Fiber in your diet
DIETARY FIBER, OATS, SATIETY. The global prevalence of overweight and obesity has been steadily increasing. Between 1980 and 2013, the prevalence of these two “medical conditions” has increased 41.5% among children and 27.5% among adults. These disturbing trends have not been reversed in any part of the world, and obesity does not discriminate between low and high income levels. Even if these trends have been “stabilized” in certain countries, this is still a major cause of concern for all health care systems worldwide. The multidimensional nature of obesity complicates our treatment of this significant, worldwide epidemic. With so many environmental, physiologic, and genetic factors involved, the strong biological resistance to weight loss and the incredible predisposition to weight “regain” promotes a vicious cycle of failed attempts and “personal distress”.
The 2010 Dietary Guidelines for Americans recommend that whole grains comprise at least half of the 6-11 daily servings of grains to reduce the risk of chronic diseases such as type 2 diabetes, obesity, and cardiovascular disease. In all of my SuperFoods books I recommend only whole grains, with the knowledge that all of us will on occasion have some yummy non-whole grain treats such as sourdough bread-butter-jam (my favorite). Whole grains contain a wide array of nutrients, such as FIBER, plant-based omega-3 fats, minerals (magnesium, zinc, iron, manganese, copper, phosphorus, selenium, calcium), vitamins (B-vitamins-thiamin, niacin, pantothenic acid, biotin, pyridoxine, and folate), and 100’s of phytonutrients (non-vitamin, non-mineral nutrients with health benefits to humans).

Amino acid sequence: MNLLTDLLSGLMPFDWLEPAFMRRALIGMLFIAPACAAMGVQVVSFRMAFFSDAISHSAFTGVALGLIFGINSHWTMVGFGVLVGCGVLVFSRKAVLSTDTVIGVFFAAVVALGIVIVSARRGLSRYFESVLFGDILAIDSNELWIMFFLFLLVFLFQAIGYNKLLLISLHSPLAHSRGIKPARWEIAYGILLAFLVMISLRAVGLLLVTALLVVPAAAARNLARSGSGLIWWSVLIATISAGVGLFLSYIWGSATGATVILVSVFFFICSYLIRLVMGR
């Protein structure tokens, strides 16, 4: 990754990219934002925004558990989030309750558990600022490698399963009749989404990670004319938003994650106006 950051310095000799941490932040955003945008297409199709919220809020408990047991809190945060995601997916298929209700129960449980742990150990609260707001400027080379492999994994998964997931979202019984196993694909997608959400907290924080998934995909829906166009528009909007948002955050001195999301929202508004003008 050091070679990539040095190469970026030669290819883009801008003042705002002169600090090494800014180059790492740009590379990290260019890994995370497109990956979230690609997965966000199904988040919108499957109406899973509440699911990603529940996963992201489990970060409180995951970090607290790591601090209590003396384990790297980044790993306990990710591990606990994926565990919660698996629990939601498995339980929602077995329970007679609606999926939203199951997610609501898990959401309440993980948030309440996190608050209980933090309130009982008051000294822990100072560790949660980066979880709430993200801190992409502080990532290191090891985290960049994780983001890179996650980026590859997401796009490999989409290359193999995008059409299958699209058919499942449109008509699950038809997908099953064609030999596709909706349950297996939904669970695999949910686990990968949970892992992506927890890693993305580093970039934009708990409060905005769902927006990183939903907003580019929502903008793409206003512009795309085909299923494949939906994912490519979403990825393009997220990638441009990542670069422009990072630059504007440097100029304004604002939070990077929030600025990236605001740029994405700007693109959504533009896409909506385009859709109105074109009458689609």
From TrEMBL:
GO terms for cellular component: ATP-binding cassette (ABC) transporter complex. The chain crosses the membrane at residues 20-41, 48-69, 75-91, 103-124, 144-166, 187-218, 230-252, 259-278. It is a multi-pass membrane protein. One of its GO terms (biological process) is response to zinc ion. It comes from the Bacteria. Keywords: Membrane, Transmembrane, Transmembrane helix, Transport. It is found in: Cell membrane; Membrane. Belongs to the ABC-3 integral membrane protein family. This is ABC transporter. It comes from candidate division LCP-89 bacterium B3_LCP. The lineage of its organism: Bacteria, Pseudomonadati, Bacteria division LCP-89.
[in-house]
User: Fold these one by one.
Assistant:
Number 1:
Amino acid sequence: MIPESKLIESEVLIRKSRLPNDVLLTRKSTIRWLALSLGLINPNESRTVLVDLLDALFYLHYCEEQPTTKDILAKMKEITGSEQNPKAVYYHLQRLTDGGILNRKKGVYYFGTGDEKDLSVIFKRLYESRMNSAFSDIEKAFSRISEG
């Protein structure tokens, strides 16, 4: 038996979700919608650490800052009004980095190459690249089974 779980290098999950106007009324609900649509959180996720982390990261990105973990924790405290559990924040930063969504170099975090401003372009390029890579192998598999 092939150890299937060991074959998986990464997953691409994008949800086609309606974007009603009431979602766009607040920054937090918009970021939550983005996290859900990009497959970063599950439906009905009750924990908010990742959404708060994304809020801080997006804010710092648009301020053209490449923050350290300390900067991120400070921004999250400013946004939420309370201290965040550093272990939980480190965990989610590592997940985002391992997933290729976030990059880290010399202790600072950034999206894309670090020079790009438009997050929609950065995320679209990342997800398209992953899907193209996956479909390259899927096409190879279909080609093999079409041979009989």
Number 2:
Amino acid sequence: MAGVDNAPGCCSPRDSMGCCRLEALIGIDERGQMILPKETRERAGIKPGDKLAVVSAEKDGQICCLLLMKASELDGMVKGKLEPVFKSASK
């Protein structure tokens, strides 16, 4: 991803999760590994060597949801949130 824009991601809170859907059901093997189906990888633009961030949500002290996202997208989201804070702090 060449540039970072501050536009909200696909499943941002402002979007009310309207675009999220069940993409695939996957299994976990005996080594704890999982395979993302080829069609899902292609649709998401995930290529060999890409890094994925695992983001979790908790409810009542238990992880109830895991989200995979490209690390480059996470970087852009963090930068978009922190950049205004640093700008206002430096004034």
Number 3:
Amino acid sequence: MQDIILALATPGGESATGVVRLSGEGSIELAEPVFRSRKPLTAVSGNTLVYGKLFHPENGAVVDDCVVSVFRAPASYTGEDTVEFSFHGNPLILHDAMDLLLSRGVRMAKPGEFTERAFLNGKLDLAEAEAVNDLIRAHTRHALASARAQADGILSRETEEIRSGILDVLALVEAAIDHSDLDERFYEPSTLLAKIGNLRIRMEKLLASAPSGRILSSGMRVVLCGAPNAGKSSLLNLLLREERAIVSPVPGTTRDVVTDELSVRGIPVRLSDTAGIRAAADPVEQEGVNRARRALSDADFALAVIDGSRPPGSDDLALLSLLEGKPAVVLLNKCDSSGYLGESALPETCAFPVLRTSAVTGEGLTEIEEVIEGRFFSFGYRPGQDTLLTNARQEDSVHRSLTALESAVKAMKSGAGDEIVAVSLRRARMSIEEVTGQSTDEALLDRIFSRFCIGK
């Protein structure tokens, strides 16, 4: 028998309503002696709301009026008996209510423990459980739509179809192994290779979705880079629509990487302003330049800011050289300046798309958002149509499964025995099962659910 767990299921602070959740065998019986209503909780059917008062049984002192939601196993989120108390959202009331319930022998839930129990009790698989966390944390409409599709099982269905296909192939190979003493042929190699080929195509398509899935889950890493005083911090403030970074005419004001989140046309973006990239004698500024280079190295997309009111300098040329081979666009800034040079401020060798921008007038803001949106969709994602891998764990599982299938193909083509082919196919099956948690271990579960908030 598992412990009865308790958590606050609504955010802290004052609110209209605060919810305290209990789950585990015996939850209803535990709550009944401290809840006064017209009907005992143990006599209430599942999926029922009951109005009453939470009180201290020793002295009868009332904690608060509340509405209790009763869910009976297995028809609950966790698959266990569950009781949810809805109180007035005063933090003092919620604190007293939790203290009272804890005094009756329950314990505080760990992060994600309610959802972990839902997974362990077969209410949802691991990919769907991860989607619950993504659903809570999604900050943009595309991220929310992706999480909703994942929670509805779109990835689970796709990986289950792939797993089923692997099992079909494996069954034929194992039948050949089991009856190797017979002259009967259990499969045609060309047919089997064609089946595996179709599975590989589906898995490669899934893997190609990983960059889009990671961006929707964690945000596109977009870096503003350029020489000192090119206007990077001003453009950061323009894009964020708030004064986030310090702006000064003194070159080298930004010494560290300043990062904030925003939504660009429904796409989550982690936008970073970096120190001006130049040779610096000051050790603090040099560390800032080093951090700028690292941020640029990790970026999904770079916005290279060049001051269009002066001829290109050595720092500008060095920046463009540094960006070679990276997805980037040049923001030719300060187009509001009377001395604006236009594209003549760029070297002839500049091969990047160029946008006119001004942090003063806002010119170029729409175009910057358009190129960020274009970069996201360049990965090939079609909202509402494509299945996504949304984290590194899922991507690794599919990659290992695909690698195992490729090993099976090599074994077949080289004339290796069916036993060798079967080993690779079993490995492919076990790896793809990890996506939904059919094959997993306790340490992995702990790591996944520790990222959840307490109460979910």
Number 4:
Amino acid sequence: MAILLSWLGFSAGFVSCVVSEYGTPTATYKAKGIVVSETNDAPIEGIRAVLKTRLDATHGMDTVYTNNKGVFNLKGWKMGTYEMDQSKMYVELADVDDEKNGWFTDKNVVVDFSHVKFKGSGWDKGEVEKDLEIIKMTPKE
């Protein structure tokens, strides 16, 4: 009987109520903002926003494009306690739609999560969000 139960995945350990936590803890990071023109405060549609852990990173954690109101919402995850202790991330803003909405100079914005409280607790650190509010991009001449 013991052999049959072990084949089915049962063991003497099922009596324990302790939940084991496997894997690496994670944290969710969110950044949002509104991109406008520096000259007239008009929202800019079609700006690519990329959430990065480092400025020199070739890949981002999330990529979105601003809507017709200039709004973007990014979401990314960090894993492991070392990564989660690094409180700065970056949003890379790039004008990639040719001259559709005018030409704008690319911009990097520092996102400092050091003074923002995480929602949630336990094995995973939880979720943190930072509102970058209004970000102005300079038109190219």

Although the precise, physiologic role of fiber continues to expand, there is increasing evidence the dietary fiber component of whole grains (and fruits, vegetables, legumes) plays an important part of whole grain (and fruits, vegetables, and legumes) prevention of obesity, cardiovascular disease, type 2 diabetes, and some forms of cancer (and even helps to prevent recurrent cancer-e.g. breast). Our appetite is a complex interaction between the external environment, our psychological profile, subjective states, choice of food, speed at which we ingest food (it takes about 20 minutes for our stomach to send a “I’m full” message to our brain), and our central nervous system/GI tract influence on the aforementioned.